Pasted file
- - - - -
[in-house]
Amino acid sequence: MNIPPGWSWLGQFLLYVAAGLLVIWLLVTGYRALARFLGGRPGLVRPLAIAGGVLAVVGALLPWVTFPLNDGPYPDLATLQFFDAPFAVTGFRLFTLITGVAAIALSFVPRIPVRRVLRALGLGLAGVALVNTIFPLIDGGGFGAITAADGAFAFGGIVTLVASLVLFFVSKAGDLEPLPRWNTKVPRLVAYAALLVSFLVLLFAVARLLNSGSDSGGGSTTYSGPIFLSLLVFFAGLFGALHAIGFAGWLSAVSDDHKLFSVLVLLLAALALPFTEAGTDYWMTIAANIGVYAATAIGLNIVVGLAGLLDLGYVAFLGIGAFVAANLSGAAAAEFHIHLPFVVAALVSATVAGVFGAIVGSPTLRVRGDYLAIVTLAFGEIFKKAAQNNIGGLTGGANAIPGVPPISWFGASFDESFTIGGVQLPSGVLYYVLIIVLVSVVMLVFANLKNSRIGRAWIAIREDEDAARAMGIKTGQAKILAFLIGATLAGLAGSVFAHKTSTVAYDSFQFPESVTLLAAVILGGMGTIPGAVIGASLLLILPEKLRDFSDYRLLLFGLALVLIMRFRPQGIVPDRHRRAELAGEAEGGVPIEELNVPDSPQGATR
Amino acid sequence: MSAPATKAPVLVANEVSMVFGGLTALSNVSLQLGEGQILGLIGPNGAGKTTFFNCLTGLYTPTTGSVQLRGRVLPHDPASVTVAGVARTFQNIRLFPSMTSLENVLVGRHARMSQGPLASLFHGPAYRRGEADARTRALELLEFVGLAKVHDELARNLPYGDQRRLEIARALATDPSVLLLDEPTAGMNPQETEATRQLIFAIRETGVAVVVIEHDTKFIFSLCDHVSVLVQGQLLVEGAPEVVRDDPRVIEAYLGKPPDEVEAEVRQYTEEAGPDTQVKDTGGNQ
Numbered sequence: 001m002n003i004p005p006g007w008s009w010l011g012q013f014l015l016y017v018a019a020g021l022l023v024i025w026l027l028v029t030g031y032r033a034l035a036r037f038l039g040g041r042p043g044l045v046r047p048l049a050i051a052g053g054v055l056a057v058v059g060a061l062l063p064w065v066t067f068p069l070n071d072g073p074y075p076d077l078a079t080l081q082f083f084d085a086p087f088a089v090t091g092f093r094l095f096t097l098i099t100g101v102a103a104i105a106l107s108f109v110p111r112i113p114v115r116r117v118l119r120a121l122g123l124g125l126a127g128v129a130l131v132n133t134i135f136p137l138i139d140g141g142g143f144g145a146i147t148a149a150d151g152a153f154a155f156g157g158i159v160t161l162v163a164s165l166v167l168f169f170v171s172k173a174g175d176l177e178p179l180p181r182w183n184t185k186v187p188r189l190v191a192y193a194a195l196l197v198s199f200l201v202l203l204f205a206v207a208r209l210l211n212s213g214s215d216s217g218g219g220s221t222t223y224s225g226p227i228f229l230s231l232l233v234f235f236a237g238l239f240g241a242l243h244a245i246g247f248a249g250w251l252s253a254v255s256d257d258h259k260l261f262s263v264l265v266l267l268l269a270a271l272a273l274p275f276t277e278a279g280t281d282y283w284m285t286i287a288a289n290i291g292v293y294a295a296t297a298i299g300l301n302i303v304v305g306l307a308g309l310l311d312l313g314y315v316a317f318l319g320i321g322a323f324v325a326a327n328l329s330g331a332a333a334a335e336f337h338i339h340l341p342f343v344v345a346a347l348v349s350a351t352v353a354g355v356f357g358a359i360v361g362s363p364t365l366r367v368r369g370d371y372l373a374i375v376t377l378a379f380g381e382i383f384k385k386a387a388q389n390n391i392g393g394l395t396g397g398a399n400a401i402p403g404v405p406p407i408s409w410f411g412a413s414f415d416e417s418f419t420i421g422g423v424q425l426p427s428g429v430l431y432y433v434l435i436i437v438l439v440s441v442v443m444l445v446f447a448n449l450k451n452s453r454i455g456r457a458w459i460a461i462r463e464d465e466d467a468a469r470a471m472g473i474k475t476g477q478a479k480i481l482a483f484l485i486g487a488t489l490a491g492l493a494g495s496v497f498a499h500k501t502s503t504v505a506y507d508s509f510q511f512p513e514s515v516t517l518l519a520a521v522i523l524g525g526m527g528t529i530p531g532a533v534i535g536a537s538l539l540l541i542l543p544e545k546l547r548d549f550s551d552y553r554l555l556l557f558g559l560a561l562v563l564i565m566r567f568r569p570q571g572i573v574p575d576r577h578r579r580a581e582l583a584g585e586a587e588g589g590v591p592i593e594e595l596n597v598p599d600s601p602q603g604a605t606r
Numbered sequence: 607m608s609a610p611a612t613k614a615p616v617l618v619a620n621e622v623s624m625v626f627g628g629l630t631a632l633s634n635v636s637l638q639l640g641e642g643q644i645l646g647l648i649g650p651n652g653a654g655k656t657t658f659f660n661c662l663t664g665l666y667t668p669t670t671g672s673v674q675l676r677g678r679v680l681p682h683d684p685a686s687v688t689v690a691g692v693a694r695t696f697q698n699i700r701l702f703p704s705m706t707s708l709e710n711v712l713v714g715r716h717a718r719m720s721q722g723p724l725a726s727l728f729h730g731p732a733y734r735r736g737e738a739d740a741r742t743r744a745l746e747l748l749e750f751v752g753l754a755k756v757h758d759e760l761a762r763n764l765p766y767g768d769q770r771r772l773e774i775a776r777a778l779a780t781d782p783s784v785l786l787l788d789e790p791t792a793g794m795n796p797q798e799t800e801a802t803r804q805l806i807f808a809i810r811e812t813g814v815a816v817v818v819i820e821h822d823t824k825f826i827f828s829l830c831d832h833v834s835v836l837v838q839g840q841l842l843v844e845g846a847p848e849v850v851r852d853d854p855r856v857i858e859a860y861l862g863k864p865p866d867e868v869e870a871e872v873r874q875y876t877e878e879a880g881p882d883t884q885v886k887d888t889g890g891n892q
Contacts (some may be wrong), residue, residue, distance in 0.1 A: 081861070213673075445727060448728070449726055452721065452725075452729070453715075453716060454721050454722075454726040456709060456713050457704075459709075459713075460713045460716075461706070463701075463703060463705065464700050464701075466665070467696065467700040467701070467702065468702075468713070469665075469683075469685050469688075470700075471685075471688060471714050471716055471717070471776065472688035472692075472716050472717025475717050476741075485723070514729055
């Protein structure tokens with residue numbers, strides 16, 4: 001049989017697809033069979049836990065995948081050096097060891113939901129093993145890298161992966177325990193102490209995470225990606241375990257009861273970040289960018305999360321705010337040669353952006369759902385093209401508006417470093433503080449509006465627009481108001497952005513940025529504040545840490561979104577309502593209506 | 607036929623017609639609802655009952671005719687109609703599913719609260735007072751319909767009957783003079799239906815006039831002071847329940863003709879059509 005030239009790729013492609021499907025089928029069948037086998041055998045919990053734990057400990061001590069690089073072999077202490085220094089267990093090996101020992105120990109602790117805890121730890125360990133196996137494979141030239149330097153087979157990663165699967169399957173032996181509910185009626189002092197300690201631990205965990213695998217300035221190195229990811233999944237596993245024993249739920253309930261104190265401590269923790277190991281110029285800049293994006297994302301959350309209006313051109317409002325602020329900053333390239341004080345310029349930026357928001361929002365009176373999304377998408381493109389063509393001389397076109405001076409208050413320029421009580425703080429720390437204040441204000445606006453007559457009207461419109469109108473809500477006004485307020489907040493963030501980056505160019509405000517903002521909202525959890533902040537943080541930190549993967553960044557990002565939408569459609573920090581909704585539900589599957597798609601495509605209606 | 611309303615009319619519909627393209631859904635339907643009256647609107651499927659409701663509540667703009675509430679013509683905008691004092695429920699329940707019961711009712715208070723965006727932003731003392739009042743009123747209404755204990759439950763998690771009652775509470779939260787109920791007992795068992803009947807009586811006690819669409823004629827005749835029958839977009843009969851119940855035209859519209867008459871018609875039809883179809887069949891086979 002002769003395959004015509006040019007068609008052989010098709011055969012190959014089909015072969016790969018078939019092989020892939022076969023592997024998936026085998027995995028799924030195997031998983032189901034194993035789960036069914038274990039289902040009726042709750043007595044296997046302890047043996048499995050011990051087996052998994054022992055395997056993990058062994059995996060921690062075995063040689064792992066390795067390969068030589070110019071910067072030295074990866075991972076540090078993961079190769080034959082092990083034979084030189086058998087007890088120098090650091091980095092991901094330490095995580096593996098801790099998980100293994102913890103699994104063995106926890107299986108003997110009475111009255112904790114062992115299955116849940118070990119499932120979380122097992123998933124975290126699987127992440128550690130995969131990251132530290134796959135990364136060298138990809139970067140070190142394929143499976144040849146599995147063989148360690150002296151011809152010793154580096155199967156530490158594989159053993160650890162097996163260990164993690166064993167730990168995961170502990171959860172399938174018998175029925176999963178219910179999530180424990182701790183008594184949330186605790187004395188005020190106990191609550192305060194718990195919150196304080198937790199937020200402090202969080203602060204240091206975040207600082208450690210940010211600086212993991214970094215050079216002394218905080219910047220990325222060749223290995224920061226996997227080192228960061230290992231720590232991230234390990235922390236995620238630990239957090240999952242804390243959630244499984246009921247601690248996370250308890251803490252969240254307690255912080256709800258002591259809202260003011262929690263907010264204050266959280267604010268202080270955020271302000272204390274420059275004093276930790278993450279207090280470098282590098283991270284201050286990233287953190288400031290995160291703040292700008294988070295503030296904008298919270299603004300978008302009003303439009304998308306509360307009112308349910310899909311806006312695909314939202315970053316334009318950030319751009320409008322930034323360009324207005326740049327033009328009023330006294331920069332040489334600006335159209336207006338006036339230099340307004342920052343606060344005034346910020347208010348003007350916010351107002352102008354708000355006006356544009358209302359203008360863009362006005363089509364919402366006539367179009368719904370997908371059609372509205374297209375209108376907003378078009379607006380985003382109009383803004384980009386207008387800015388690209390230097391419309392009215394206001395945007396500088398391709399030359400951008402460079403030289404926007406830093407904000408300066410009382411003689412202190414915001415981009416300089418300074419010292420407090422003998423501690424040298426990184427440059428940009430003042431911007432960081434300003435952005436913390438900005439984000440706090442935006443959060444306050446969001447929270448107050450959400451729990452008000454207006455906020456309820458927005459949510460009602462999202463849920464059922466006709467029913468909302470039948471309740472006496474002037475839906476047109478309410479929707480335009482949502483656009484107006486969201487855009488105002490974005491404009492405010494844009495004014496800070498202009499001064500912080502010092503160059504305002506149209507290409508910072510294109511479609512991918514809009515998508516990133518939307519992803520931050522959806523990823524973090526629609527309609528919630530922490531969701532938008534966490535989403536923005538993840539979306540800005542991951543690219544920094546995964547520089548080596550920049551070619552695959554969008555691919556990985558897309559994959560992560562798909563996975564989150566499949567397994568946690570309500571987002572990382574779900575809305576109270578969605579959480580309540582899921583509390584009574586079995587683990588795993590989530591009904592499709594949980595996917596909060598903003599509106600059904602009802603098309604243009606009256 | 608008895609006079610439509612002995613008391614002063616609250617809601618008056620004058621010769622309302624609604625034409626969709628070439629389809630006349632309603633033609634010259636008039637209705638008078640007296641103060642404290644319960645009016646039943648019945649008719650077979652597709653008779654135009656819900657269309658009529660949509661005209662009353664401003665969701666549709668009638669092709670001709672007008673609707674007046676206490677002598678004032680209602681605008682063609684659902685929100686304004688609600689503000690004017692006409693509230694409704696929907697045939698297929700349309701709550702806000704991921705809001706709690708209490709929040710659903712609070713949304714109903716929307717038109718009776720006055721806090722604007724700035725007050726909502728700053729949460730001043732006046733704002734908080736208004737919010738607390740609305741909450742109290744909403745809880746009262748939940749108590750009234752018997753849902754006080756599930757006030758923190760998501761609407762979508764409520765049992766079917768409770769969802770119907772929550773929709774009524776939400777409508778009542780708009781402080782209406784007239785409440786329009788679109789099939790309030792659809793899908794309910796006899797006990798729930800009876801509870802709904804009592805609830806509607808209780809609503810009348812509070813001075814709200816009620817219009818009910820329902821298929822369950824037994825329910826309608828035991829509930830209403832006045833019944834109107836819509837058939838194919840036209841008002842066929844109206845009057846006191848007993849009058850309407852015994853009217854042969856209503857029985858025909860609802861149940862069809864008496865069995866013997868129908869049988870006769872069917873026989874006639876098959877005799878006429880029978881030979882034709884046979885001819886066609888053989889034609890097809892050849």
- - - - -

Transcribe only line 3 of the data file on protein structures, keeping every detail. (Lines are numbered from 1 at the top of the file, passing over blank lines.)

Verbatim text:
Amino acid sequence: MSAPATKAPVLVANEVSMVFGGLTALSNVSLQLGEGQILGLIGPNGAGKTTFFNCLTGLYTPTTGSVQLRGRVLPHDPASVTVAGVARTFQNIRLFPSMTSLENVLVGRHARMSQGPLASLFHGPAYRRGEADARTRALELLEFVGLAKVHDELARNLPYGDQRRLEIARALATDPSVLLLDEPTAGMNPQETEATRQLIFAIRETGVAVVVIEHDTKFIFSLCDHVSVLVQGQLLVEGAPEVVRDDPRVIEAYLGKPPDEVEAEVRQYTEEAGPDTQVKDTGGNQ